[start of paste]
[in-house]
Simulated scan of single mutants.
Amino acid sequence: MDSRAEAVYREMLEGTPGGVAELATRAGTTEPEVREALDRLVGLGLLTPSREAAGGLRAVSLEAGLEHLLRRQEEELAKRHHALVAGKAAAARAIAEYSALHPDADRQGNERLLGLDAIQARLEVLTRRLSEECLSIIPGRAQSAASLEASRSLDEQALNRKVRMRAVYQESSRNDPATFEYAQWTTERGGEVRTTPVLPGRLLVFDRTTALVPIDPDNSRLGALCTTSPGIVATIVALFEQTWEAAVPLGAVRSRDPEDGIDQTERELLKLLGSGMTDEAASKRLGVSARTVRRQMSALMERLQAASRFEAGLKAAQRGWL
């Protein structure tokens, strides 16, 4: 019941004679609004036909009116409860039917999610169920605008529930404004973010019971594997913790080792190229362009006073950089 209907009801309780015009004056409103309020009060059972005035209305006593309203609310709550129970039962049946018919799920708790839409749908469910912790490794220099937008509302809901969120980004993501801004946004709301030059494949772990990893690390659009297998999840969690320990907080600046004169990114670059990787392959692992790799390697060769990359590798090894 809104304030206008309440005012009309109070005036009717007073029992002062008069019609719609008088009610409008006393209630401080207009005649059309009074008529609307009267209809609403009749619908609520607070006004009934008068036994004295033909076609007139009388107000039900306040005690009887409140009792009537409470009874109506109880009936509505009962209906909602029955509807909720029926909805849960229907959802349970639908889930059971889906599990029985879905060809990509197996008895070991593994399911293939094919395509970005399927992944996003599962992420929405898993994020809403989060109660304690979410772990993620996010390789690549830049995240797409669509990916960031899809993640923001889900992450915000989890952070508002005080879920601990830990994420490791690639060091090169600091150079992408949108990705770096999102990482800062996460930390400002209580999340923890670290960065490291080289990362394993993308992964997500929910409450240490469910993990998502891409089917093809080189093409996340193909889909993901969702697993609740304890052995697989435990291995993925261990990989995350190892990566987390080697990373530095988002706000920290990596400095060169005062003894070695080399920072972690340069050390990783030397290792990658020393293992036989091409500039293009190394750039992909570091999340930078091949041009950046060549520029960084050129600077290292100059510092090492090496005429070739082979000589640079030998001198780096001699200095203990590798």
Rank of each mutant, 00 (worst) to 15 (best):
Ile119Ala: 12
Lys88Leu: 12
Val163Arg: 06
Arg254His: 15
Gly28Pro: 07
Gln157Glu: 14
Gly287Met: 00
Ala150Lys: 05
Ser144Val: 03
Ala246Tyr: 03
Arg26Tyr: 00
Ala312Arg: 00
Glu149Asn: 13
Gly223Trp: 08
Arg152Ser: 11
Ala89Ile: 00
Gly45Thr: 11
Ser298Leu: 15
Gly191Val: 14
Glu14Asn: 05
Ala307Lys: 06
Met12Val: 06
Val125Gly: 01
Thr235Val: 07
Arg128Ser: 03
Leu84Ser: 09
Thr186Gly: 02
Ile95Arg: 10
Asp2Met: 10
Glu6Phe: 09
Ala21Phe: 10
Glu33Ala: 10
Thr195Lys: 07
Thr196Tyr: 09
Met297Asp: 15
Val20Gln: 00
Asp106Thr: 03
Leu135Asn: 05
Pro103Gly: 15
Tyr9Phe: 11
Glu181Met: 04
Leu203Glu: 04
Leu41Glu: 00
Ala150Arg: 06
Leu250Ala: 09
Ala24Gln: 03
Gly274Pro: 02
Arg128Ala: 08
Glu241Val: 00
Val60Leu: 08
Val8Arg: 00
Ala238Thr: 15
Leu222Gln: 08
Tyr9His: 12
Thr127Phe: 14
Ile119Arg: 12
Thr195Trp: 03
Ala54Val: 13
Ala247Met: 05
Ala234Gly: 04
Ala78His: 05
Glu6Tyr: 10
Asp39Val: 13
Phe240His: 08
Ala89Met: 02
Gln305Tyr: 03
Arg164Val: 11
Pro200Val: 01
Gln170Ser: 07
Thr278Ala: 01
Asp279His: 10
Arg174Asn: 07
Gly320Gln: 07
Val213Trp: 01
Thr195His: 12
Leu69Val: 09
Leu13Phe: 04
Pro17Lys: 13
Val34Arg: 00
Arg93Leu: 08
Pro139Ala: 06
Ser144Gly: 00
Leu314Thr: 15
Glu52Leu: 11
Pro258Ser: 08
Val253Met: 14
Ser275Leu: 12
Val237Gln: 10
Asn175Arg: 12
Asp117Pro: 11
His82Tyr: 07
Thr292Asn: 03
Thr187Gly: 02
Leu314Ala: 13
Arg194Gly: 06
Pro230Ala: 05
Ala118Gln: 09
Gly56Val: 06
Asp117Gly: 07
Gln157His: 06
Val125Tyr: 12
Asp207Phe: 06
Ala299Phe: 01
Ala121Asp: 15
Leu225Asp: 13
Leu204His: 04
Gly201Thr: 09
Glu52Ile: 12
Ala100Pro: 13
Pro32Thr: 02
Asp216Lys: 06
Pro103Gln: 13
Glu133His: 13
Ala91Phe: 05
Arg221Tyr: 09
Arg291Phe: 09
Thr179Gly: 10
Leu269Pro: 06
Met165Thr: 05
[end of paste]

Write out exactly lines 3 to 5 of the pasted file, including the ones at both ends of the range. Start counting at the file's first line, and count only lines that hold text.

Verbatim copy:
Amino acid sequence: MDSRAEAVYREMLEGTPGGVAELATRAGTTEPEVREALDRLVGLGLLTPSREAAGGLRAVSLEAGLEHLLRRQEEELAKRHHALVAGKAAAARAIAEYSALHPDADRQGNERLLGLDAIQARLEVLTRRLSEECLSIIPGRAQSAASLEASRSLDEQALNRKVRMRAVYQESSRNDPATFEYAQWTTERGGEVRTTPVLPGRLLVFDRTTALVPIDPDNSRLGALCTTSPGIVATIVALFEQTWEAAVPLGAVRSRDPEDGIDQTERELLKLLGSGMTDEAASKRLGVSARTVRRQMSALMERLQAASRFEAGLKAAQRGWL
């Protein structure tokens, strides 16, 4: 019941004679609004036909009116409860039917999610169920605008529930404004973010019971594997913790080792190229362009006073950089 209907009801309780015009004056409103309020009060059972005035209305006593309203609310709550129970039962049946018919799920708790839409749908469910912790490794220099937008509302809901969120980004993501801004946004709301030059494949772990990893690390659009297998999840969690320990907080600046004169990114670059990787392959692992790799390697060769990359590798090894 809104304030206008309440005012009309109070005036009717007073029992002062008069019609719609008088009610409008006393209630401080207009005649059309009074008529609307009267209809609403009749619908609520607070006004009934008068036994004295033909076609007139009388107000039900306040005690009887409140009792009537409470009874109506109880009936509505009962209906909602029955509807909720029926909805849960229907959802349970639908889930059971889906599990029985879905060809990509197996008895070991593994399911293939094919395509970005399927992944996003599962992420929405898993994020809403989060109660304690979410772990993620996010390789690549830049995240797409669509990916960031899809993640923001889900992450915000989890952070508002005080879920601990830990994420490791690639060091090169600091150079992408949108990705770096999102990482800062996460930390400002209580999340923890670290960065490291080289990362394993993308992964997500929910409450240490469910993990998502891409089917093809080189093409996340193909889909993901969702697993609740304890052995697989435990291995993925261990990989995350190892990566987390080697990373530095988002706000920290990596400095060169005062003894070695080399920072972690340069050390990783030397290792990658020393293992036989091409500039293009190394750039992909570091999340930078091949041009950046060549520029960084050129600077290292100059510092090492090496005429070739082979000589640079030998001198780096001699200095203990590798």
Rank of each mutant, 00 (worst) to 15 (best):